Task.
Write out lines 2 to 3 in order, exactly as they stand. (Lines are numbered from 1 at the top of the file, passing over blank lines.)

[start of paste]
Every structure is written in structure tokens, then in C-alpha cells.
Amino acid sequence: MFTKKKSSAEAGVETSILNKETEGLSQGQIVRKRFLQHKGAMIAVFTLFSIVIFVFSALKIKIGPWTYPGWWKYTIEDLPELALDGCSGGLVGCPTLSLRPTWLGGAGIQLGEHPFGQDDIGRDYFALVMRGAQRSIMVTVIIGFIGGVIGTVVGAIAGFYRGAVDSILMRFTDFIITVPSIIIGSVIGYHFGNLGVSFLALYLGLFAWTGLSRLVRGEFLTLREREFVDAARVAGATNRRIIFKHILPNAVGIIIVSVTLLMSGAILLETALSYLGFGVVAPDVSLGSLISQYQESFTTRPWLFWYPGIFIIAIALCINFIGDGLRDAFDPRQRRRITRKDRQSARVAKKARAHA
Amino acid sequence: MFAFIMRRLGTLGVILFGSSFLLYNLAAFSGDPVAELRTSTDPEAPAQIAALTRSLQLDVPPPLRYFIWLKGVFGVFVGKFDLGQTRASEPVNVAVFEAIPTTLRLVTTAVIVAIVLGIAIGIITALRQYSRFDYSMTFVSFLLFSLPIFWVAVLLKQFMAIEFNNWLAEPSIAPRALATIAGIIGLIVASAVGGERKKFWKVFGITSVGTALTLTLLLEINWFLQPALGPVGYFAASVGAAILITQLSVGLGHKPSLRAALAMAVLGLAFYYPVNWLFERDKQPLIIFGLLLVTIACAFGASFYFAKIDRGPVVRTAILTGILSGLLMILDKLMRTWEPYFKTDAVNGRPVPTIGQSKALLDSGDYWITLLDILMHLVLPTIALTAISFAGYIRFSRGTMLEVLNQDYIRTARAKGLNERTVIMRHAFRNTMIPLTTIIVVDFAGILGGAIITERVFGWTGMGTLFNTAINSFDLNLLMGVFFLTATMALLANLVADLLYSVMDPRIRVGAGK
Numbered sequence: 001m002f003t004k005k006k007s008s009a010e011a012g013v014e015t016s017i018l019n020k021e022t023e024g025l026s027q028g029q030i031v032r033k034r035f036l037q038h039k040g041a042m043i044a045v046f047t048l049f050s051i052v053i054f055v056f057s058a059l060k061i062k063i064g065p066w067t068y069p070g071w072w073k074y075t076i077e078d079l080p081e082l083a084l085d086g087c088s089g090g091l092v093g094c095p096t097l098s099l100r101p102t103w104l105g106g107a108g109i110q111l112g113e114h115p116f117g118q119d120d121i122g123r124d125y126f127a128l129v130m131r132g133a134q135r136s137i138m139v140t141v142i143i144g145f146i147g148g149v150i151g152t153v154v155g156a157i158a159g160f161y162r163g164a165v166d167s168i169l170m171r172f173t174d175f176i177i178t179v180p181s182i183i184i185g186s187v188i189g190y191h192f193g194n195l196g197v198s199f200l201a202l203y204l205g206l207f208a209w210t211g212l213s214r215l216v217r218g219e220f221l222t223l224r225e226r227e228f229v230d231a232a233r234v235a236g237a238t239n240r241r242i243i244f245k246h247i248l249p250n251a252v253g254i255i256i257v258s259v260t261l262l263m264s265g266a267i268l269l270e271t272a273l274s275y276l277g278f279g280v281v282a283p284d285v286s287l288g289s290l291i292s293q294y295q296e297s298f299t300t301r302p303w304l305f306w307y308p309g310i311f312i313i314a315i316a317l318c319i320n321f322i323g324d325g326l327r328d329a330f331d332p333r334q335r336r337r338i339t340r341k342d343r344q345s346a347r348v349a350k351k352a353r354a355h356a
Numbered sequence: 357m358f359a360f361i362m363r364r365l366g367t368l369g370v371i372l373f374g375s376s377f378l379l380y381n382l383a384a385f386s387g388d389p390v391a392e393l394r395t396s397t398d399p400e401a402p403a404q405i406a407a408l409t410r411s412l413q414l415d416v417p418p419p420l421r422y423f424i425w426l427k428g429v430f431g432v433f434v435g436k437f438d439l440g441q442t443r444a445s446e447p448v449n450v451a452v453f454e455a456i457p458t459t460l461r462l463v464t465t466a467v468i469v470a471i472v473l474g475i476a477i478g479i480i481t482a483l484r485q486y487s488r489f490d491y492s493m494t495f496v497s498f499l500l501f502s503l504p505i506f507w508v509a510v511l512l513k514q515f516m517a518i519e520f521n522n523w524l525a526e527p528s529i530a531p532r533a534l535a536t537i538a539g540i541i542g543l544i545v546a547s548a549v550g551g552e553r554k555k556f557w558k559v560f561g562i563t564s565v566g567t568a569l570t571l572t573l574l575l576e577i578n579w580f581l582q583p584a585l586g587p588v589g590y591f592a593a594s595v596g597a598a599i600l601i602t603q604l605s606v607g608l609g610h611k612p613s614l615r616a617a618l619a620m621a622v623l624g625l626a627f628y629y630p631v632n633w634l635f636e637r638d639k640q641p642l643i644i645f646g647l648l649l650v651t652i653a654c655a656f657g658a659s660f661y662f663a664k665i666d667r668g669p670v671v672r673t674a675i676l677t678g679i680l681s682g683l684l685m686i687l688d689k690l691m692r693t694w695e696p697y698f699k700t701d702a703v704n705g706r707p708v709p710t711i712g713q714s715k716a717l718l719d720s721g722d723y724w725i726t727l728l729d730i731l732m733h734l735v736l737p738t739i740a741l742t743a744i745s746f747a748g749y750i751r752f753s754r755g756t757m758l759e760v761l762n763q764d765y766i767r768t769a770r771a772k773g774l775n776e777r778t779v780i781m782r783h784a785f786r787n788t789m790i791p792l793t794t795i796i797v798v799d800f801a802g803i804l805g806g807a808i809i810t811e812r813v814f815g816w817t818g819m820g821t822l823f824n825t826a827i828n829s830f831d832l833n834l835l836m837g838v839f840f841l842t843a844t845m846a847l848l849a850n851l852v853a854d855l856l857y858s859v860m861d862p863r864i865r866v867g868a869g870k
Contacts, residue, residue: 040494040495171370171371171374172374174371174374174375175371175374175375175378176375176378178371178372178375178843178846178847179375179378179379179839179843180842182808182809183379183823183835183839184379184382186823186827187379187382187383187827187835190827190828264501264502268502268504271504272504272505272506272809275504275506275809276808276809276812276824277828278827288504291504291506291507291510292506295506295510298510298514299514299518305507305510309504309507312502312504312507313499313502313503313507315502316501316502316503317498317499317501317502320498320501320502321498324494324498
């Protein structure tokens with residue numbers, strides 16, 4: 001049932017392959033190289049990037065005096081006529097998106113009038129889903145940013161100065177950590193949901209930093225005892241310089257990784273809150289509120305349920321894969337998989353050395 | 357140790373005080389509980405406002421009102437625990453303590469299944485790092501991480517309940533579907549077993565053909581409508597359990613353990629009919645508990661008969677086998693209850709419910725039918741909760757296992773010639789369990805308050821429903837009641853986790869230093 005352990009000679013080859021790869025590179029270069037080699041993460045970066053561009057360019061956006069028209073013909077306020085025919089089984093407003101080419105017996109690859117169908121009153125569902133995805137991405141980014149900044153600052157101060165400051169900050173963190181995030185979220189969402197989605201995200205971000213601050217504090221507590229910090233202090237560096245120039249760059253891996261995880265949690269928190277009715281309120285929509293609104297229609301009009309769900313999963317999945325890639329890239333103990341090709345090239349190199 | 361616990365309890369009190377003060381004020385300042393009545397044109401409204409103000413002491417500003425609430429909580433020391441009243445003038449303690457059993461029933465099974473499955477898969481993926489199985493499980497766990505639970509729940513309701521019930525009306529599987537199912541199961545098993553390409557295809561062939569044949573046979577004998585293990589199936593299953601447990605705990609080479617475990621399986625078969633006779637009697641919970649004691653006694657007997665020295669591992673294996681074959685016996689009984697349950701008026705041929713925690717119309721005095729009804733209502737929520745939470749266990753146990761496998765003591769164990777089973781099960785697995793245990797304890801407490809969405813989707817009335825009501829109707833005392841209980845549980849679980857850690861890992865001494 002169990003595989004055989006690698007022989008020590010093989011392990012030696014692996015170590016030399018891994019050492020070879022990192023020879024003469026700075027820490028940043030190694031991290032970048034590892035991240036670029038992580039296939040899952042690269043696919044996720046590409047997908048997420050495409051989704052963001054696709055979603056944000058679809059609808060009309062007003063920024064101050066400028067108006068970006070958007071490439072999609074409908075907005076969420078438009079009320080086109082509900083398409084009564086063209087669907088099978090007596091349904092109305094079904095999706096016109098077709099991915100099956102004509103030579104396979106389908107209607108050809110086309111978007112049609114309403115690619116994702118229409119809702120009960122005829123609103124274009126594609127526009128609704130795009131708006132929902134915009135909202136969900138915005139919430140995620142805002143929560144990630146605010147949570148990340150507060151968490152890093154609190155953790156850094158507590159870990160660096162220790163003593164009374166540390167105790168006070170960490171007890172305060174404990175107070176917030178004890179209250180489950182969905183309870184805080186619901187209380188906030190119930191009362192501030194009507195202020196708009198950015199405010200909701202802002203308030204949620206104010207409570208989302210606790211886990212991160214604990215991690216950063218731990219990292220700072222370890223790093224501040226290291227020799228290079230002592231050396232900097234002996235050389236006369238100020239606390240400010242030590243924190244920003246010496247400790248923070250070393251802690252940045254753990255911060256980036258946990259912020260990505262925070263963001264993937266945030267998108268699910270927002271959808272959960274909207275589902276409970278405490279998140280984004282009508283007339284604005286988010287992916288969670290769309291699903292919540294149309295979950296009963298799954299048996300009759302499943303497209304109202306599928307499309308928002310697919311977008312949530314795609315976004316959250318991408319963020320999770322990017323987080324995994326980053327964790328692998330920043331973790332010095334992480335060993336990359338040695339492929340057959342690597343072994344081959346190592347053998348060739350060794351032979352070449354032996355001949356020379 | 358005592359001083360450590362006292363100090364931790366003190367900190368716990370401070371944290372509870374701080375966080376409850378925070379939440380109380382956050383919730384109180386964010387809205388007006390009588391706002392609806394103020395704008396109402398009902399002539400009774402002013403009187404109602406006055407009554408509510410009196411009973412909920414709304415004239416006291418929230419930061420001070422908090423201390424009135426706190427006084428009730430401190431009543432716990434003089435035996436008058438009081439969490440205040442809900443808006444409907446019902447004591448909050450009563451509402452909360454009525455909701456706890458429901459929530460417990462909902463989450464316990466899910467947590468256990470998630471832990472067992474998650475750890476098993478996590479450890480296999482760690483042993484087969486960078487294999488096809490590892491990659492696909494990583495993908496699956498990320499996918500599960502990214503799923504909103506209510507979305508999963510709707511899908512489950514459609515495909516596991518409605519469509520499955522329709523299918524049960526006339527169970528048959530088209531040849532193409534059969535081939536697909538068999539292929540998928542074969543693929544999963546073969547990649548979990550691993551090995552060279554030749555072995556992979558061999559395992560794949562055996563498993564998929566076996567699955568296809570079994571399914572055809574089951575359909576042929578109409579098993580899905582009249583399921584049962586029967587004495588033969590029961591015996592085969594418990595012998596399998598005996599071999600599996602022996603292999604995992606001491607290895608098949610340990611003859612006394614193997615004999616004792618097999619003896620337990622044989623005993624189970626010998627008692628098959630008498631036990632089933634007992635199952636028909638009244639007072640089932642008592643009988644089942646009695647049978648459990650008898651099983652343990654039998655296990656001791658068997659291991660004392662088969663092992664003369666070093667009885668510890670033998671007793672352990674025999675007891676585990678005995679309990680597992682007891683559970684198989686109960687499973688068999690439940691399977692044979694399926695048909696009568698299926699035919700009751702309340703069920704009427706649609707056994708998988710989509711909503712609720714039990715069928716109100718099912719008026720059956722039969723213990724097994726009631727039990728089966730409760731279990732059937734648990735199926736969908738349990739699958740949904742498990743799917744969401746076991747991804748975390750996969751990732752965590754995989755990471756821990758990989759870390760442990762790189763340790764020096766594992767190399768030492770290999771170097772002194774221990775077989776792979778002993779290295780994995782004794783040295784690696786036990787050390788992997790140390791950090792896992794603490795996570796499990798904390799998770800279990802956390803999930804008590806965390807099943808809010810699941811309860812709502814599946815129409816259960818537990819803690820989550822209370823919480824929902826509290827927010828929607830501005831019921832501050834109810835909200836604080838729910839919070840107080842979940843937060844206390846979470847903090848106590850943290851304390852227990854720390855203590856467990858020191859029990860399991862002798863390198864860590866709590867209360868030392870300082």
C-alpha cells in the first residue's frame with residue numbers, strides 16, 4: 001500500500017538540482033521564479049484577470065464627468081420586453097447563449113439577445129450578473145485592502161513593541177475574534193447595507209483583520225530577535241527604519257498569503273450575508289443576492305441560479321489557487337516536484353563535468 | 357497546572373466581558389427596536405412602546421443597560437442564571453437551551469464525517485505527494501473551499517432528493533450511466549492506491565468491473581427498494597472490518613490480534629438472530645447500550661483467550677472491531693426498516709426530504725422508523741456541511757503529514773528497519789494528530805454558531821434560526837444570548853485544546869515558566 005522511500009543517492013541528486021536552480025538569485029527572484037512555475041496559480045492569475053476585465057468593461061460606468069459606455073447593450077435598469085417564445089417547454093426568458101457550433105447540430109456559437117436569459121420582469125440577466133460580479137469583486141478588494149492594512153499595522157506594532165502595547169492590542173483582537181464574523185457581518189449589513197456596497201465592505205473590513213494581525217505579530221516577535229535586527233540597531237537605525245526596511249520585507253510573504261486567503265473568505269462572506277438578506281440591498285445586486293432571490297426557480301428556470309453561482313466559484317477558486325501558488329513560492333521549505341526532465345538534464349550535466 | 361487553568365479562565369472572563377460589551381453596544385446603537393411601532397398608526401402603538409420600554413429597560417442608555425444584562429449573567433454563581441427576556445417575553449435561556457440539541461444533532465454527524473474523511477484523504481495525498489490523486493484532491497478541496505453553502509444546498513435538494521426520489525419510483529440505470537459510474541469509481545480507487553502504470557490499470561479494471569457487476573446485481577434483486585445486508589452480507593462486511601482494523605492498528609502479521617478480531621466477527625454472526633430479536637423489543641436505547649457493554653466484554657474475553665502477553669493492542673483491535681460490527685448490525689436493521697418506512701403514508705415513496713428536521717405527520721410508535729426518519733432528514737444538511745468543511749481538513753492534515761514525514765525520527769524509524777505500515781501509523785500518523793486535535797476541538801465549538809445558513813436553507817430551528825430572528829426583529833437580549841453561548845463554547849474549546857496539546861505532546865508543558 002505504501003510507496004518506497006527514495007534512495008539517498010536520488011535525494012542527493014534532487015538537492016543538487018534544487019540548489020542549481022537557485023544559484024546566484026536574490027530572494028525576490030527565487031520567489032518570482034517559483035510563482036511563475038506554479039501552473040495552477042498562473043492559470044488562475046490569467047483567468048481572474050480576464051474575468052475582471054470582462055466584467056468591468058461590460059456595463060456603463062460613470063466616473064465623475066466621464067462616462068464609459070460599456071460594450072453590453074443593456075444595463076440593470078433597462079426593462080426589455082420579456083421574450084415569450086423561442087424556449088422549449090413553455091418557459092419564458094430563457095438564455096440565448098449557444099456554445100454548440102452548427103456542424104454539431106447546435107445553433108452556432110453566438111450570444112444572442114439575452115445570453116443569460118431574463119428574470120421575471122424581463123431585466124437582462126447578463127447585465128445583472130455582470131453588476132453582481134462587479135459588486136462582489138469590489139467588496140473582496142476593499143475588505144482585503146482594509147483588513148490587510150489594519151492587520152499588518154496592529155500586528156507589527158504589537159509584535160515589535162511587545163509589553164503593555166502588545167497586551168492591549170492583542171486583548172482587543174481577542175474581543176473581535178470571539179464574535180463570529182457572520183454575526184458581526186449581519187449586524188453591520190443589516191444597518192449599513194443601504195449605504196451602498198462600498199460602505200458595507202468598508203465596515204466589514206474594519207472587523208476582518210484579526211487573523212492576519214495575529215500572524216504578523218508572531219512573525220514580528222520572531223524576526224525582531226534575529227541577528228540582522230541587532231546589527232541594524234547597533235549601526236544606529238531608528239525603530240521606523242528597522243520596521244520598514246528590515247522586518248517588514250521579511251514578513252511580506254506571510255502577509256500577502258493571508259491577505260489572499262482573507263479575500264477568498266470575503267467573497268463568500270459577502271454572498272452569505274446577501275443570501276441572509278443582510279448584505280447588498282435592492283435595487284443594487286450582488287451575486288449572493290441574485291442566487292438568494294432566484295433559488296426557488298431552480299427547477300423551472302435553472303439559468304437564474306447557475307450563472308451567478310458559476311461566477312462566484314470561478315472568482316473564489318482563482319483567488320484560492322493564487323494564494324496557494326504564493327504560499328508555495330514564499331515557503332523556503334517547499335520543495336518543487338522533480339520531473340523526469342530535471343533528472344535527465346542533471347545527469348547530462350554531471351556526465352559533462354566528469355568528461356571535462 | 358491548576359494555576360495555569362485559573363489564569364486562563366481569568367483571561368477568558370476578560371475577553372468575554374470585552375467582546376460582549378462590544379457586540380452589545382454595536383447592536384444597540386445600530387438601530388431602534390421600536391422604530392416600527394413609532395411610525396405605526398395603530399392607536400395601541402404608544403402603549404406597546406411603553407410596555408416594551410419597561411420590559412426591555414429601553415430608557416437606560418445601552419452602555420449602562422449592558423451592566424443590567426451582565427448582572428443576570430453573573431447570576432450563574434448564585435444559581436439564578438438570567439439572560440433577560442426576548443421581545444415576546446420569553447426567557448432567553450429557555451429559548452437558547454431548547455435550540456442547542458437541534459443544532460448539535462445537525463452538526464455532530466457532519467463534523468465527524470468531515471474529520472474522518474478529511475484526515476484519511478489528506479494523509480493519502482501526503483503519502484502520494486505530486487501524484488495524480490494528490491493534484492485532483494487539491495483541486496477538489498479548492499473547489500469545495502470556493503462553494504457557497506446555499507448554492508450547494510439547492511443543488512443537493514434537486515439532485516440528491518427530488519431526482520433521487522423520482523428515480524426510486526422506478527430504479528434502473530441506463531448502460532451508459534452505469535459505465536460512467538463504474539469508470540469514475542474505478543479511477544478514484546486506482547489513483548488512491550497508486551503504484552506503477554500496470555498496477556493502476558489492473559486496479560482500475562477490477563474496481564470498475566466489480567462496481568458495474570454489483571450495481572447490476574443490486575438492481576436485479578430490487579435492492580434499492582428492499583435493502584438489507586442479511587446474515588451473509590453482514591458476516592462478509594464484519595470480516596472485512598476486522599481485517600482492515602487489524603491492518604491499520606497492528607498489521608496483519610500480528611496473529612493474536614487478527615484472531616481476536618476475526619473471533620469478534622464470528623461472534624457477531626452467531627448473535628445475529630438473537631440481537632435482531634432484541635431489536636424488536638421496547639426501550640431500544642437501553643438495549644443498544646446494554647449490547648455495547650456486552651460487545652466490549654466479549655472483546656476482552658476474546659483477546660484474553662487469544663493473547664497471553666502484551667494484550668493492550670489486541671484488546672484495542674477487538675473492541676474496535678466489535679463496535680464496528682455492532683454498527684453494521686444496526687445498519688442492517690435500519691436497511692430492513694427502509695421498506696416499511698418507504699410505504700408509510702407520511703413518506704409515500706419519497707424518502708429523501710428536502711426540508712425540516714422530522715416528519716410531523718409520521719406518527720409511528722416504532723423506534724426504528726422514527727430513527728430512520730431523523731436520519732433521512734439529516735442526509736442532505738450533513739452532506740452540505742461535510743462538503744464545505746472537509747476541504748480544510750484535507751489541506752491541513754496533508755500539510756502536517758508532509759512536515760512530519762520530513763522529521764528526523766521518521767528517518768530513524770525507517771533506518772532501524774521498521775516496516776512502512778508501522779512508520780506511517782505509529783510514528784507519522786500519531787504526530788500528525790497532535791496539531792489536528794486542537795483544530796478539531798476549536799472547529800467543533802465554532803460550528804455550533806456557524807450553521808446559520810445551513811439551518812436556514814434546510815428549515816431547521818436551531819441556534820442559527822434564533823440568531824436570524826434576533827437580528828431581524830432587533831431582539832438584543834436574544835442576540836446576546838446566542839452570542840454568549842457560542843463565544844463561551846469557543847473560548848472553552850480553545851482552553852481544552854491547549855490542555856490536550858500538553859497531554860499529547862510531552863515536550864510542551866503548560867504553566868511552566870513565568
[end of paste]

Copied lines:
Amino acid sequence: MFTKKKSSAEAGVETSILNKETEGLSQGQIVRKRFLQHKGAMIAVFTLFSIVIFVFSALKIKIGPWTYPGWWKYTIEDLPELALDGCSGGLVGCPTLSLRPTWLGGAGIQLGEHPFGQDDIGRDYFALVMRGAQRSIMVTVIIGFIGGVIGTVVGAIAGFYRGAVDSILMRFTDFIITVPSIIIGSVIGYHFGNLGVSFLALYLGLFAWTGLSRLVRGEFLTLREREFVDAARVAGATNRRIIFKHILPNAVGIIIVSVTLLMSGAILLETALSYLGFGVVAPDVSLGSLISQYQESFTTRPWLFWYPGIFIIAIALCINFIGDGLRDAFDPRQRRRITRKDRQSARVAKKARAHA
Amino acid sequence: MFAFIMRRLGTLGVILFGSSFLLYNLAAFSGDPVAELRTSTDPEAPAQIAALTRSLQLDVPPPLRYFIWLKGVFGVFVGKFDLGQTRASEPVNVAVFEAIPTTLRLVTTAVIVAIVLGIAIGIITALRQYSRFDYSMTFVSFLLFSLPIFWVAVLLKQFMAIEFNNWLAEPSIAPRALATIAGIIGLIVASAVGGERKKFWKVFGITSVGTALTLTLLLEINWFLQPALGPVGYFAASVGAAILITQLSVGLGHKPSLRAALAMAVLGLAFYYPVNWLFERDKQPLIIFGLLLVTIACAFGASFYFAKIDRGPVVRTAILTGILSGLLMILDKLMRTWEPYFKTDAVNGRPVPTIGQSKALLDSGDYWITLLDILMHLVLPTIALTAISFAGYIRFSRGTMLEVLNQDYIRTARAKGLNERTVIMRHAFRNTMIPLTTIIVVDFAGILGGAIITERVFGWTGMGTLFNTAINSFDLNLLMGVFFLTATMALLANLVADLLYSVMDPRIRVGAGK